The development of these libraries is not an isolated phenomenon. In the same three decades in which they have appeared in large numbers, libraries of the older types have increased in number, size and effectiveness, and have extended their fields of work. The demand of the industrialist for the latest word on his industry was one of the immediate causes of the coming of the industrial library; but other and more general causes were, of course, behind this proximate one. Extension and improvement of public schools; education through newspapers, journals and cheap books, in the use of print and in the habit of learning; growth of the habit of travel, and many other factors, all helped to make over the old type of library and to create new types. About 40 years ago free public libraries ceased to be mere storehouses and began to ask to be used, that is, to advertise. Soon they allied themselves to schools, and vastly widened their fields. High schools awoke to library needs and installed special libraries of their own. College and university libraries began to adopt new and broader methods. State libraries, herein anticipating and in a measure suggesting the industrialists libraries, began to make themselves useful and indispensable to state officers and legislators.
Industrial and commercial libraries can be well understood, their quite inevitable character and purpose clearly visualized and their short history easily grasped, in the light of the broad movements thus briefly noted.
These libraries have grown in number so rapidly and so quietly in recent years that a census of them would be difficult to make and would be inaccurate the day after its completion. Those who were in charge of a few of the more important ones formed, 10 years ago, a Special Libraries Association, using the word “special” because their work is in most cases confined to a special field, that of the operations of the corporations which respectively employ them. In 1910 this association founded a modest journal, called Special Libraries, whose nine volumes contain most of the published literature on the subject of this article.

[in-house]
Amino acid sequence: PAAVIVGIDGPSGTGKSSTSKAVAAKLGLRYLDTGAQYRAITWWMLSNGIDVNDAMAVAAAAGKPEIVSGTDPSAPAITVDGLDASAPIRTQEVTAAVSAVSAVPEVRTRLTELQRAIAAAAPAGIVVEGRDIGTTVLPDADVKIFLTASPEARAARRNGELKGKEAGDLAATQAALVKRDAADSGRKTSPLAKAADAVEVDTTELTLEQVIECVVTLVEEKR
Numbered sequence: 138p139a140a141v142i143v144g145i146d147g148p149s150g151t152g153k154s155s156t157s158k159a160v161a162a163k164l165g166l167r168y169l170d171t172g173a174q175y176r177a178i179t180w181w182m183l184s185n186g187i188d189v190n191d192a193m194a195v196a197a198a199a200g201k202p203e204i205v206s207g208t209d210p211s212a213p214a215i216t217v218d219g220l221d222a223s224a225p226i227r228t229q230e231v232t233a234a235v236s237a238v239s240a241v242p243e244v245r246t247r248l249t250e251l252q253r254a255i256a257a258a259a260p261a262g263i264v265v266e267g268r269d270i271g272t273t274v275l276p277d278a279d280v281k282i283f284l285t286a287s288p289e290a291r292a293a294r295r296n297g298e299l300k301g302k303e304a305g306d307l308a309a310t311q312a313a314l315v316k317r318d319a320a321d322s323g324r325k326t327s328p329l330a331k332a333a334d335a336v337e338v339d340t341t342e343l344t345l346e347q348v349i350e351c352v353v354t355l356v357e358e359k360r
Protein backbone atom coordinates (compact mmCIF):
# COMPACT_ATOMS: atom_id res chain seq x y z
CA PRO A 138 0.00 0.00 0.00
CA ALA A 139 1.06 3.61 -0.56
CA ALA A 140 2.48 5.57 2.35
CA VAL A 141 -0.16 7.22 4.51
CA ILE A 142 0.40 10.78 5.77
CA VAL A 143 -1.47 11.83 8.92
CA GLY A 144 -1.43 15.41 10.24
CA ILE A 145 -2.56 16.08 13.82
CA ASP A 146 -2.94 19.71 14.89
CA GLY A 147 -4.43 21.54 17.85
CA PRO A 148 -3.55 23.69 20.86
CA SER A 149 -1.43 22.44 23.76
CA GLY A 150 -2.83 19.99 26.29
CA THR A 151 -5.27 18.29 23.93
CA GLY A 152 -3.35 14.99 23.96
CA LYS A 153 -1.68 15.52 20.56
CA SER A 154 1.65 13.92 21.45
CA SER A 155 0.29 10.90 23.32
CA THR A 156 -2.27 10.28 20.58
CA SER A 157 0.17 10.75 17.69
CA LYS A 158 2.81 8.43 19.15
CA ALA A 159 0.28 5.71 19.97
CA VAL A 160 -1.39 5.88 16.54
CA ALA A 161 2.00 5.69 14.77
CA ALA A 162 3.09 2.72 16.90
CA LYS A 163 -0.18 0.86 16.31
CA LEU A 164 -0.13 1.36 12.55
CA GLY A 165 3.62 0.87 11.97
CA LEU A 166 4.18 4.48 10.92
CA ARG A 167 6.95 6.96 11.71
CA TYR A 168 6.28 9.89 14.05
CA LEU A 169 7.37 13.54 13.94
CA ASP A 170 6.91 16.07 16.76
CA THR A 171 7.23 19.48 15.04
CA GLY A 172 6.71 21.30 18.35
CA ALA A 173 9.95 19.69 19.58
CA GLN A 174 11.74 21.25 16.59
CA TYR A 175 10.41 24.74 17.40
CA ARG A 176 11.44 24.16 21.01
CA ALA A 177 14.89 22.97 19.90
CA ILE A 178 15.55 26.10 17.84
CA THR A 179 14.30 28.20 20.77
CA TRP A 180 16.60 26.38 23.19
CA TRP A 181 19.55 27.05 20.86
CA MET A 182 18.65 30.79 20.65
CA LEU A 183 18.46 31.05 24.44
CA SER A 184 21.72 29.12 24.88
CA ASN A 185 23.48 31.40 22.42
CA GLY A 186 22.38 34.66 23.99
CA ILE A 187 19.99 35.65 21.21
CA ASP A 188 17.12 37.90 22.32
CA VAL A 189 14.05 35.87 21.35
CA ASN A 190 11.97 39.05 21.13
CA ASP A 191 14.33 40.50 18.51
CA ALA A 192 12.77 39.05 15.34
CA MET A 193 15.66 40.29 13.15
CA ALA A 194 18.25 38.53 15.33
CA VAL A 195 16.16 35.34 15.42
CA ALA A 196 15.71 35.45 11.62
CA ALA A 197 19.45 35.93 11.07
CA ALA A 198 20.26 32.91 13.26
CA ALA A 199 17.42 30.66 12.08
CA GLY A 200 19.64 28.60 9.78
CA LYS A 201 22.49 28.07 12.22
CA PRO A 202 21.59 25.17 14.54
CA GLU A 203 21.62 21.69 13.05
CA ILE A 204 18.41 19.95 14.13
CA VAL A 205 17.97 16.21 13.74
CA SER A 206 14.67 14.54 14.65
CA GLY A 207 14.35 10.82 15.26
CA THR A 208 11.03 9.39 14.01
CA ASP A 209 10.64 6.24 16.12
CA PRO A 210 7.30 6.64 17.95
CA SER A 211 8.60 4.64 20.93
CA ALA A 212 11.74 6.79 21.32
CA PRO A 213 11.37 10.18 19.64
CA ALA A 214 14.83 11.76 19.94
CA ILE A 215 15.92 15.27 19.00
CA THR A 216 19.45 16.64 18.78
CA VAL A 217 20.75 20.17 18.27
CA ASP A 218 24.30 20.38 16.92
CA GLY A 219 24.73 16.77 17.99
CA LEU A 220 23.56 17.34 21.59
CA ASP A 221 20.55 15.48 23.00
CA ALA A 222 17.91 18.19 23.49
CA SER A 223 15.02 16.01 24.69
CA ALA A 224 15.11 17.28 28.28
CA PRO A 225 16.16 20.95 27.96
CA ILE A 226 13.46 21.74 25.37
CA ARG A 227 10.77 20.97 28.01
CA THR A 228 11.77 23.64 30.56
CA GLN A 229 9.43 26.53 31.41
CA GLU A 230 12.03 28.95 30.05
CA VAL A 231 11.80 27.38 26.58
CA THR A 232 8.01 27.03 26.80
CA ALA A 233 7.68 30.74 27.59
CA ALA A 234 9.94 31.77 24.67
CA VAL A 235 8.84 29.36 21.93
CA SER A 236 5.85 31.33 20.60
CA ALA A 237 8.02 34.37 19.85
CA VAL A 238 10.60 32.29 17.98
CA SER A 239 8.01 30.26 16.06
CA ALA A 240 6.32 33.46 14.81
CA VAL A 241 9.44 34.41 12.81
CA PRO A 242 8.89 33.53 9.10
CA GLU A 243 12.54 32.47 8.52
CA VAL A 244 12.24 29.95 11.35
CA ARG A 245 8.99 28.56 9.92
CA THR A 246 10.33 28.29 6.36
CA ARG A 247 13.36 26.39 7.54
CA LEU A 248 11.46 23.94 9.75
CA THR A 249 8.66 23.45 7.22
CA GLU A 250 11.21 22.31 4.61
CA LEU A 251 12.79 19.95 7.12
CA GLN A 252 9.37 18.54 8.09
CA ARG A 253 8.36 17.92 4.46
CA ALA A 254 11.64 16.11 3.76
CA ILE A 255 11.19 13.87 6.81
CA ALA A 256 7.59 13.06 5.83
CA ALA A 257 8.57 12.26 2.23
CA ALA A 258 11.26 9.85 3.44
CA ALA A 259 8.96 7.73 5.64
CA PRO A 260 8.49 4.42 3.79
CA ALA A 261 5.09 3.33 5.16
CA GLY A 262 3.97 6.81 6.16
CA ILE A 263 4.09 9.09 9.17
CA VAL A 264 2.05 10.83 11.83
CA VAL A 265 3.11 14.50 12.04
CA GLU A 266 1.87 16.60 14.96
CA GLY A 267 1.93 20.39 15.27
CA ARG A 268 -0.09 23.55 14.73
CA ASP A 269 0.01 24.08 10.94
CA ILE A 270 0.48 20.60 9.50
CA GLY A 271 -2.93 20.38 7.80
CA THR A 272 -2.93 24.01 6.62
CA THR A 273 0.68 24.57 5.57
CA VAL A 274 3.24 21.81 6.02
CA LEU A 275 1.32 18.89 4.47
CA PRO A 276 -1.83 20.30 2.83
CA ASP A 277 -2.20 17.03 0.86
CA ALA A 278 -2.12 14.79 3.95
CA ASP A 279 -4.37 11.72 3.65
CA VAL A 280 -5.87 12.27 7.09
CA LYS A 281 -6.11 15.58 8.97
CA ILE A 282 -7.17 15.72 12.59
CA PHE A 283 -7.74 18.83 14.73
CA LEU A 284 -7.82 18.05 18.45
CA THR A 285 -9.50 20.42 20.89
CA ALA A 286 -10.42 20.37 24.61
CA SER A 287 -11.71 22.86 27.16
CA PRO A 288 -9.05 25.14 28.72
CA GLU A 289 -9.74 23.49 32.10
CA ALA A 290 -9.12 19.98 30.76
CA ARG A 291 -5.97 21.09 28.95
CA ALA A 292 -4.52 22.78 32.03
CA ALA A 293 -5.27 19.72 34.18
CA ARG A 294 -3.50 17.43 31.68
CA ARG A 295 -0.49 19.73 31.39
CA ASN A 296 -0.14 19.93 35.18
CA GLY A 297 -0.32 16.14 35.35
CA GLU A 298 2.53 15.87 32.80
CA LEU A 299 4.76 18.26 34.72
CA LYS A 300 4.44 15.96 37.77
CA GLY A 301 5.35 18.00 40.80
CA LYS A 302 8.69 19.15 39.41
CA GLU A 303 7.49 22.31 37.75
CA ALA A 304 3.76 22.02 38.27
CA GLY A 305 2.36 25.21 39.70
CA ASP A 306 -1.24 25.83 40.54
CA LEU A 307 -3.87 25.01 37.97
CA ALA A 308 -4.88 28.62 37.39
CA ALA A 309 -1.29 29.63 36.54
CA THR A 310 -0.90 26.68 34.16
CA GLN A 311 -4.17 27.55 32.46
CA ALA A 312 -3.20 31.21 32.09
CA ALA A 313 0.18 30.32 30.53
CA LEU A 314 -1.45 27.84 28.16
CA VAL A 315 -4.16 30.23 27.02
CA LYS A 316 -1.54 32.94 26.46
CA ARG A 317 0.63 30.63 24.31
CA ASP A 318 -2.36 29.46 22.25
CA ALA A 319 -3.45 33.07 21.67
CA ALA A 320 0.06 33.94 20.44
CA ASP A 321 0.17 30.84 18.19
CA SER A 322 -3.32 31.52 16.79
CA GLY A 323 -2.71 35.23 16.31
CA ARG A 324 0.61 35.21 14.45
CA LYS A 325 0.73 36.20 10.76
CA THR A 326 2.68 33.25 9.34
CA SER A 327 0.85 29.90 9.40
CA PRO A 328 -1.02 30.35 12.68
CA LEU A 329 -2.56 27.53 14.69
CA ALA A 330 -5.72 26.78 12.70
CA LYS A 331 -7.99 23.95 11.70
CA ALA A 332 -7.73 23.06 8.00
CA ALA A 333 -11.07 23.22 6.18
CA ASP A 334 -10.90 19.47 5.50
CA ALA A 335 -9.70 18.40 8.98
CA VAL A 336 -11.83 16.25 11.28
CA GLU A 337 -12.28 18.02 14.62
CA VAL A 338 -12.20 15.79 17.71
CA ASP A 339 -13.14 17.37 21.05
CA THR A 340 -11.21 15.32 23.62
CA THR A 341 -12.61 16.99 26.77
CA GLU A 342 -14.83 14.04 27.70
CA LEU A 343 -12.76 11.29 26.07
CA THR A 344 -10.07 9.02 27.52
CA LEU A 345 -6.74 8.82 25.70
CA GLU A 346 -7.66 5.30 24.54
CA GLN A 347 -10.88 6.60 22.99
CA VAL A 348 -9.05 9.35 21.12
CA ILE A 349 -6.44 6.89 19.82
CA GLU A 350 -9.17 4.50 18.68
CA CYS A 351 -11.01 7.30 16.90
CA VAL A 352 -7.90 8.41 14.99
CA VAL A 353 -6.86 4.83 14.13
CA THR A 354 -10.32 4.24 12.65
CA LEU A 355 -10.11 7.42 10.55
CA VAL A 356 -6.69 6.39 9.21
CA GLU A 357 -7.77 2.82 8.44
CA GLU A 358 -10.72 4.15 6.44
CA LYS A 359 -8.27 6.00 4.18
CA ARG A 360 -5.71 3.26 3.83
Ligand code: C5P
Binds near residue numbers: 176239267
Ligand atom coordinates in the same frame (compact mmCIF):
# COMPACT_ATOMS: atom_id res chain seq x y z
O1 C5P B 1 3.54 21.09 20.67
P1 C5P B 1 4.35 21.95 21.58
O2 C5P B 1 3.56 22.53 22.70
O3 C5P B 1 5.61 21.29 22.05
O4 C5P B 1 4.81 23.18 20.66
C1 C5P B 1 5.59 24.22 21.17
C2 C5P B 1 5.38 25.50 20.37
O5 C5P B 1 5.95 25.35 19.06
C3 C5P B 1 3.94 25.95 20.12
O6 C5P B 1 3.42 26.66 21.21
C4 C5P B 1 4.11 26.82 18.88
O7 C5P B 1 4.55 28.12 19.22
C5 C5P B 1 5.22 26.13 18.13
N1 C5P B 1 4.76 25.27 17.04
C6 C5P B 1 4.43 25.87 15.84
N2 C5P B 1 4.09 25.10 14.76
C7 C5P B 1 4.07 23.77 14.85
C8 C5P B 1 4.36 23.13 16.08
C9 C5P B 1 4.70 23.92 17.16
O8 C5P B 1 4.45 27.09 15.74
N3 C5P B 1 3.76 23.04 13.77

Large and small corporations engaged in the following, and many other, industries and businesses, have established libraries of the kind under consideration: Banking, insurance, public utilities, manufacturing in many lines, department stores, wholesale houses, statistical establishments, engineering experts, electrical experts, bureaus of standards and economics, civic and commercial bodies.
The list can he extended. But it is long enough to show that the movement toward gathering special knowledge for the special needs of special groups of workers is as broad as are industry and commerce themselves.
These libraries collect anything printed or in manuscript which is proper to their respective purposes. Some consist almost entirely of typed, written and printed sheets and leaflets, kept in filing cabinets. Some are made up almost solely of pamphlets and of articles clipped from papers, journals, all classified and indexed.
Some are composed chiefly of journals and proceedings, and some contain little save books. Most of them adjust both collections and methods of handling to the fact that to-day the majority of the more valuable contributions to human knowledge, — and knowledge is here used in its widest sense — appear first in journals and publications of societies and are unbound. These, being clipped or pulled apart, form a collection of leaflets and pamphlets, capable of being closely classified and compactly and conveniently stored in filing cabinets, with manuscript and typed notes and data added as the corporation activities and needs suggest. That is, the industrial or commercial library tends more and more to the method, in its acquisitions, of taking from a vast annual mass of print only so much as is quite specifically related to the activities of the corporation which maintains it.
These libraries are usually located close to the central offices of their respective corporations. They are, in many cases, put in charge of experts in the art of mastering printed material. Under general instructions from a manager, the expert studies the field of print; gathers what is proper for the corporation's needs; puts it in systematic form by classifying and indexing processes; and, each week or each month, makes brief abstract sheets of such articles or books or parts of books as his knowledge of his corporation's activities leads him to think will be useful, and places these sheets in the hands of such executives, experts, foremen and heads of departments as may find them of value.
The following list of references is not in any sense intended to be inclusive even of larger industrial and commercial libraries. Only those mentioned several times by authorities are listed. The list merely suggests the application made in these days of the library idea to all branches of industry and business, and will serve as a directory to those seeking information on the subject.
A list of special libraries appears each year in the ‘American Library Annual,’ $5, R. R. Bowker Company, 241 West 37th street, New York city. Gives brief statement about each library.